If you think I’m lying, check out the ungodly amount of DQs through pools. Most people had a completely different assumption of when their matches were supposed to be played. Once the new schedule was finalized, it was too late for them to reschedule their travel plans. Thankfully, I was able to get a refund for busing to the event on Saturday morning, but I was forced to drive to Philadelphia from Boston immediately after work. Here’s how it went down.
2. Edwin Attends The Gang Steals The Script: Part 1
I manage to sneak out of work early at 4:00 p.m. I stop only once for gas. I get completely fucked over in Providence, the Bronx Expressway and the first five miles of the New Jersey Turnpike, only reaching my friend’s place near Philadelphia well after midnight. I know I have to play pools at 10:00 a.m. and my request for a wave swap hasn’t registered yet, so I wake up early at 7:30, get ready, wait for my fellow Melee Stats friends by 8:30 a.m and drive another 40 minutes to the venue, with none of us having enough time to pick up breakfast because we don’t want to miss bracket. I warm up for my projected matches, only to learn that now, less than an hour before the tournament starts, that my request to be moved to another wave of pools at 11:00 a.m. was accepted.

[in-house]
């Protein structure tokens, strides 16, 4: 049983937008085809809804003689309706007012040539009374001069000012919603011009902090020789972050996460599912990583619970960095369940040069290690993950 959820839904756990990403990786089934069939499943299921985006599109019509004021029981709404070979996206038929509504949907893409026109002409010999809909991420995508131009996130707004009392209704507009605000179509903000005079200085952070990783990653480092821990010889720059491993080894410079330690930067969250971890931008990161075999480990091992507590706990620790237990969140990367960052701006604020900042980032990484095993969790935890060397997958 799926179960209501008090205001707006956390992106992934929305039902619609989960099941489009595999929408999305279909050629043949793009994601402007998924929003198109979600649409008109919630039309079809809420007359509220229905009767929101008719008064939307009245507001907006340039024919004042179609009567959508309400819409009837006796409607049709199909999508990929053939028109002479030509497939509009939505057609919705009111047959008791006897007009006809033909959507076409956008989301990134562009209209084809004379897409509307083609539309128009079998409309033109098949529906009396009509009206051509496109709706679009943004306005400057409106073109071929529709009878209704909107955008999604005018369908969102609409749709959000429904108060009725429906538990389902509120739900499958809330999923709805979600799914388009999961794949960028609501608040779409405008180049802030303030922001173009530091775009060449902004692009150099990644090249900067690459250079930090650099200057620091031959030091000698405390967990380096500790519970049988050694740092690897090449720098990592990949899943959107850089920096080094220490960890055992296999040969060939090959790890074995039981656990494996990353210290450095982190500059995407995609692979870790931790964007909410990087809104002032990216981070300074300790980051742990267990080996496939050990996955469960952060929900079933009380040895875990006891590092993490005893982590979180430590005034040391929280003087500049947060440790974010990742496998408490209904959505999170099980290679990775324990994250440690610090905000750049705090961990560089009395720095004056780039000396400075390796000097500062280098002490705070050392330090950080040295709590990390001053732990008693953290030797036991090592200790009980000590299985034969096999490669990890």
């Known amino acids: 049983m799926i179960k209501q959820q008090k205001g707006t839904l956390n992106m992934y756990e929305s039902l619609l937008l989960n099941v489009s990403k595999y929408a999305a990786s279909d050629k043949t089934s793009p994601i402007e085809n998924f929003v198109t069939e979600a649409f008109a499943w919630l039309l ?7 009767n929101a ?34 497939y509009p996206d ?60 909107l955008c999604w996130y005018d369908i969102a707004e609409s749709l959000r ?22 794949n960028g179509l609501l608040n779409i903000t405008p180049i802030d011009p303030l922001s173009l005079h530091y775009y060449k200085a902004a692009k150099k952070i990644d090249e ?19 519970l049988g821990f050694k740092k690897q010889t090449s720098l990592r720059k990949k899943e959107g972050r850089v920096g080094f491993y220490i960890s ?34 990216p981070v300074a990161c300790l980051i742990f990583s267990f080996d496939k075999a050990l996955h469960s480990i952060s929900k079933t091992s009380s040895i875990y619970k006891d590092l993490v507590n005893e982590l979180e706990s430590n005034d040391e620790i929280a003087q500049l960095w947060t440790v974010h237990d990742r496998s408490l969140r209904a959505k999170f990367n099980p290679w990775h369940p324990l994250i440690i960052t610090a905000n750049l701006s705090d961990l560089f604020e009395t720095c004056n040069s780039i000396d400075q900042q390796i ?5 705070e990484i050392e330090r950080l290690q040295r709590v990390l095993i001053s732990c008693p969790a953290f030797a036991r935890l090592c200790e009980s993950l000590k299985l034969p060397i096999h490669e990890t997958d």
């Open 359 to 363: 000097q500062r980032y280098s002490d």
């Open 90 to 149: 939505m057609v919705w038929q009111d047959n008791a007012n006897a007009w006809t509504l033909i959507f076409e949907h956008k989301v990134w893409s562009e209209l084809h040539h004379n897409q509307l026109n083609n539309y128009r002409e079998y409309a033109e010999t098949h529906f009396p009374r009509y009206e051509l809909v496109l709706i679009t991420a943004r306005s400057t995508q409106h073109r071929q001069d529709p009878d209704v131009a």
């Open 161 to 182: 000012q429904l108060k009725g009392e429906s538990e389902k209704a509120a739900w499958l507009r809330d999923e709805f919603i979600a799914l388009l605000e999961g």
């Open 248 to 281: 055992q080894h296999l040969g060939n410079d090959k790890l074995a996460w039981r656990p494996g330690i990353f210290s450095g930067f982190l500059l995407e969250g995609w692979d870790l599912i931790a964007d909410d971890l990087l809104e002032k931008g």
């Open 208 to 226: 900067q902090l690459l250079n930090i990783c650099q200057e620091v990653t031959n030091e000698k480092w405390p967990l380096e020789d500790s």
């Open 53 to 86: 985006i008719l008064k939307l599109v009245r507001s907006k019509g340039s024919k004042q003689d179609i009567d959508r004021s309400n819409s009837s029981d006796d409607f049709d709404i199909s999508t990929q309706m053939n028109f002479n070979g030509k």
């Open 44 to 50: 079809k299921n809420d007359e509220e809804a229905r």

I proceed to play like absolute dog shit throughout bracket. The low point: losing an especially frustrating set to a Luigi player who was probably a bit better than me, but still really tilting to lose to in the manner that I lost in. In addition to blowing the end of game two with a late reaction on an otherwise guaranteed downair, I executed poorly and wasted our first game running at him like an idiot. By the way, Luigi down-B is secretly the best move in the game (okay; maybe it’s not, but still).
So now, I’m out of the tournament. I had practiced pretty hard for a little over a month, studying my own videos, analyzing others and trying to clean up my execution for 30-minute routines every day. This tournament meant more to me than Genesis 6. For me to finish a limp-dick 2-2 in pools made me seriously question whether I just wasted my time or not. At this point, I can’t even say that I want to go home because home is six to eight hours away.